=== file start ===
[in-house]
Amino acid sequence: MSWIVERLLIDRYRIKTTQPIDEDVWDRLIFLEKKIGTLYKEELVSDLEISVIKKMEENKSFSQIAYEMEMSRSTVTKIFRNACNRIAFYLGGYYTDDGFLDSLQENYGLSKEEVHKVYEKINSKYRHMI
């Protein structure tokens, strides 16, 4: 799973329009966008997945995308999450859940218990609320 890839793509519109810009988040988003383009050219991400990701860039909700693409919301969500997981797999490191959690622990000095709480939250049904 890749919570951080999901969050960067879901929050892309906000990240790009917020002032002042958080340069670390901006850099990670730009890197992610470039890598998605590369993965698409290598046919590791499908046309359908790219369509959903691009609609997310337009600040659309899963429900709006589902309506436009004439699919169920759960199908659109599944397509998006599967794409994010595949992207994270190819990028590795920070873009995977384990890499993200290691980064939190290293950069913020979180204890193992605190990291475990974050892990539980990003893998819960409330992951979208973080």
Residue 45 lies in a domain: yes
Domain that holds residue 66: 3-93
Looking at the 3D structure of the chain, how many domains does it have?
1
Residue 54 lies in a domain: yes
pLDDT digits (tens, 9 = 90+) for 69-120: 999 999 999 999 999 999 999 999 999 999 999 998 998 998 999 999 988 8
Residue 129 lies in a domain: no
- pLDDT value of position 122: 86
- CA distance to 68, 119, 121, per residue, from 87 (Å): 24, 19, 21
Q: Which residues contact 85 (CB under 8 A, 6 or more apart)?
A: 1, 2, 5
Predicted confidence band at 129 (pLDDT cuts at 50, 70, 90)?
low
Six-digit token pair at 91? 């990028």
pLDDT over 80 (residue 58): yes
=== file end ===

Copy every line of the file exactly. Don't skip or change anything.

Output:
[in-house]
Amino acid sequence: MSWIVERLLIDRYRIKTTQPIDEDVWDRLIFLEKKIGTLYKEELVSDLEISVIKKMEENKSFSQIAYEMEMSRSTVTKIFRNACNRIAFYLGGYYTDDGFLDSLQENYGLSKEEVHKVYEKINSKYRHMI
């Protein structure tokens, strides 16, 4: 799973329009966008997945995308999450859940218990609320 890839793509519109810009988040988003383009050219991400990701860039909700693409919301969500997981797999490191959690622990000095709480939250049904 890749919570951080999901969050960067879901929050892309906000990240790009917020002032002042958080340069670390901006850099990670730009890197992610470039890598998605590369993965698409290598046919590791499908046309359908790219369509959903691009609609997310337009600040659309899963429900709006589902309506436009004439699919169920759960199908659109599944397509998006599967794409994010595949992207994270190819990028590795920070873009995977384990890499993200290691980064939190290293950069913020979180204890193992605190990291475990974050892990539980990003893998819960409330992951979208973080």
Residue 45 lies in a domain: yes
Domain that holds residue 66: 3-93
Looking at the 3D structure of the chain, how many domains does it have?
1
Residue 54 lies in a domain: yes
pLDDT digits (tens, 9 = 90+) for 69-120: 999 999 999 999 999 999 999 999 999 999 999 998 998 998 999 999 988 8
Residue 129 lies in a domain: no
- pLDDT value of position 122: 86
- CA distance to 68, 119, 121, per residue, from 87 (Å): 24, 19, 21
Q: Which residues contact 85 (CB under 8 A, 6 or more apart)?
A: 1, 2, 5
Predicted confidence band at 129 (pLDDT cuts at 50, 70, 90)?
low
Six-digit token pair at 91? 């990028």
pLDDT over 80 (residue 58): yes